A Cottage Industry with High Electricity Use

Can growing marijuana change the way homes use electricity? In rural Humboldt County, in far-northern California, there’s no doubt that it can. Figure 1 tracks average monthly residential electricity use in Humboldt County and in California. Until the mid-1990s, these two values were almost identical. But after 1996, Humboldt County’s electricity use suddenly turned upward. What happened? In 1996, California voters passed Proposition 215, which legalized the medical use of marijuana. In practice, Proposition 215 enabled almost anyone to purchase marijuana. Humboldt County supplied much of the upsurge in demand. Marijuana is a hardy plant and grows just fine outdoors, but many farmers grow it indoors to protect themselves from nosy neighbors, police, and gangs. It’s a true cottage industry.

Two researchers at Humboldt State University, Peter Lehman and Peter Alstone, have documented the energy and environmental impacts of marijuana production in the region. Growing marijuana indoors is an electricity-intensive operation, relying on banks of grow lights and industrial-scale ventilation fans. Even a “modest” operation can rack up several thousand kWh per month. Hundreds, if not thousands, of Humboldt County residents supplement their incomes with “grows.” Similar enterprises exist throughout North America. In Colorado, for example, a single raid found grows in 25 Denver basements. The only difference is that in Humboldt County, the electricity impact is visible at a regional level.

Most energy auditors, utility repair staff, and weatherization crews can tell stories about visiting homes where the occupants are growing marijuana or running other drug operations. Sometimes the auditors never get beyond the front door, or perhaps they are told not to enter a certain room, or the “garage” out back. In any event, that’s usually a signal to abort the job and leave the premises.

It is also important to understand the consequences of growing marijuana inside the house. Simply put, cultivating marijuana indoors destroys homes. The plants create water vapor, which encourages highly toxic mold growth and destroys building materials. The larger operations abandon any pretense of living in the house, because they chop holes in walls and floors for ventilation and wiring. These are greenhouses masquerading as homes, and they are not habitable without tens of thousands of dollars of remediation. The police department of Ottawa, Canada, maintains a list of homes where marijuana is grown so that city authorities know which houses are likely to have mold and structural problems. Of course, the house might burn down before the mold does it in, if the huge electrical loads overwhelm the residential wiring, or stolen electricity is brought in the house through amateur wiring.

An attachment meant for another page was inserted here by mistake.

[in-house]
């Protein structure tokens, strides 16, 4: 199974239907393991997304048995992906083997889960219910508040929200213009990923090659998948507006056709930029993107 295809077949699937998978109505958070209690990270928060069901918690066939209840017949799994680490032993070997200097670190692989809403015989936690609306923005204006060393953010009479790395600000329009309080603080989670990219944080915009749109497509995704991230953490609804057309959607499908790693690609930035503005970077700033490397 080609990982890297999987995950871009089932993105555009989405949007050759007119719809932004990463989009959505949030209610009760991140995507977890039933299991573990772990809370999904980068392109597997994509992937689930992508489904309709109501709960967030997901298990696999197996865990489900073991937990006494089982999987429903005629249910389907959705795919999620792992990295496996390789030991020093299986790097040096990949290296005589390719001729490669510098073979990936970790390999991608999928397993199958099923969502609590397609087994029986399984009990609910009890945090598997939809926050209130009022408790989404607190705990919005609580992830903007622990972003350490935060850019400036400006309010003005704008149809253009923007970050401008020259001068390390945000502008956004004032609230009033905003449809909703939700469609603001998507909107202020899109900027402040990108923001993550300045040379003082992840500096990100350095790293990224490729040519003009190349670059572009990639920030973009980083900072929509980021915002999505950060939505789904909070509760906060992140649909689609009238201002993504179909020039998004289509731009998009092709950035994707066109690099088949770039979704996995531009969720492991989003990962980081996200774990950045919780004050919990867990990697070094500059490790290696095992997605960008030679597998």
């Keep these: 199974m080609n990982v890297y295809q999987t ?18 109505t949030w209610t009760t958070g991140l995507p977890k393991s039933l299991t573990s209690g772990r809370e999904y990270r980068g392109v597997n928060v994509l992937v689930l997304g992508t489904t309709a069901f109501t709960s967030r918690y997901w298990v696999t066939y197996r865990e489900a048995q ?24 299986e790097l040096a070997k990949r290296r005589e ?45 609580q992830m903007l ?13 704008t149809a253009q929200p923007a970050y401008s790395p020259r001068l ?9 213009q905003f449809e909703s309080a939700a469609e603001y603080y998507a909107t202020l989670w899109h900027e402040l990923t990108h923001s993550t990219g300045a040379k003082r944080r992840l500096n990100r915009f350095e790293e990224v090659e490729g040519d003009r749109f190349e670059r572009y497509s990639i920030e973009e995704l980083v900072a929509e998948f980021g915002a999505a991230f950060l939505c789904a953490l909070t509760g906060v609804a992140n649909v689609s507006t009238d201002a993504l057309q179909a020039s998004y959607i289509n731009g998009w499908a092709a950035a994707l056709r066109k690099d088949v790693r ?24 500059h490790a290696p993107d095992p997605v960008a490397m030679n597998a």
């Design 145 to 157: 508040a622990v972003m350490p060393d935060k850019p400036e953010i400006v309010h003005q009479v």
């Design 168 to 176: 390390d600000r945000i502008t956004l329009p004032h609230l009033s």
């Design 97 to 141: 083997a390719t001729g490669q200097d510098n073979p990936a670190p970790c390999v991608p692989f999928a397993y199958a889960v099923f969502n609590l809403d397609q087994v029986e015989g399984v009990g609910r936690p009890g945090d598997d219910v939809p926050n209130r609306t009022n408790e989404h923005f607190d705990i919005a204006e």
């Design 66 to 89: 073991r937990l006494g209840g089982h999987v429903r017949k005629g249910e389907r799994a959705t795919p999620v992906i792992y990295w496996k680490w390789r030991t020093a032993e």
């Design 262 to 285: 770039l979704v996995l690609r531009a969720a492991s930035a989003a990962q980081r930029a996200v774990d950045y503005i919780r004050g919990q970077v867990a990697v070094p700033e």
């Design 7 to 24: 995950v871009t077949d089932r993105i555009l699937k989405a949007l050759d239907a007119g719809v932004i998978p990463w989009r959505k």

Without arguing the merits of legalizing marijuana, it is clear that our drug laws have created a new—and large—use of residential electricity. One likely side benefit of decriminalizing marijuana will be reduced home energy use in Humboldt County, in California, and in the rest of North America.


Figure 1. After 1996, Humboldt County’s per capita electricity use suddenly turned upward. What happened? (Image credit: California Energy Conservation, U.S. Census)


- Alan Meier

Views: 164


You need to be a member of Home Energy Pros to add comments!

Join Home Energy Pros

Home Energy Pros

Home Energy Pros was founded by the developers of Home Energy Saver Pro (sponsored by the U.S. Department of Energy,) and brought to you in partnership with Home Energy magazine.  Home Energy Pros is sponsored by the Better Buildings Residential Network.

Latest Activity

Robyn Smith replied to Chris Woods's discussion Looking to purchase Minneapolis Blower door system- Model 3 with DG-700 in the group Energy Auditing Equipment for Sale, Trade or to Purchase
"Hi Chris, I replied to you via email yesterday. I have what you are looking for!! Minneapolis…"
6 hours ago
Profile IconJohn Gillis, William C Gilbert, Brian Breckin and 4 more joined Home Energy Pros
9 hours ago
Paul Scheckel posted a blog post

Energy Ambassadors: Cuba and Vermont

Last winter i had the pleasure of hosting a Cuban colleague for a week in Vermont. We toured the…See More
10 hours ago
Linda Wigington commented on David Eggleton's group 1000 Home Challenge
"Two more projects have recently been approved as 1000 Home CHallenge candidates. We welcome Eric…"
Colin Genge posted events
Craig McManus replied to Timothy Renz's discussion Vinyl batt to metal frame ware house
"How can I air seal a metal building in the south to keep out humid air which is causing mold? Will…"
Tom White posted a video
Profile IconJeshurun and Chris Woods joined allen p tanner's group

Energy Auditing Equipment for Sale, Trade or to Purchase

Discuss the pros and cons of the equipment you are interested in prior to purchase. Post equipment…See More

© 2015   Created by Lawrence Berkeley National Laboratory.

Badges  |  Report an Issue  |  Terms of Service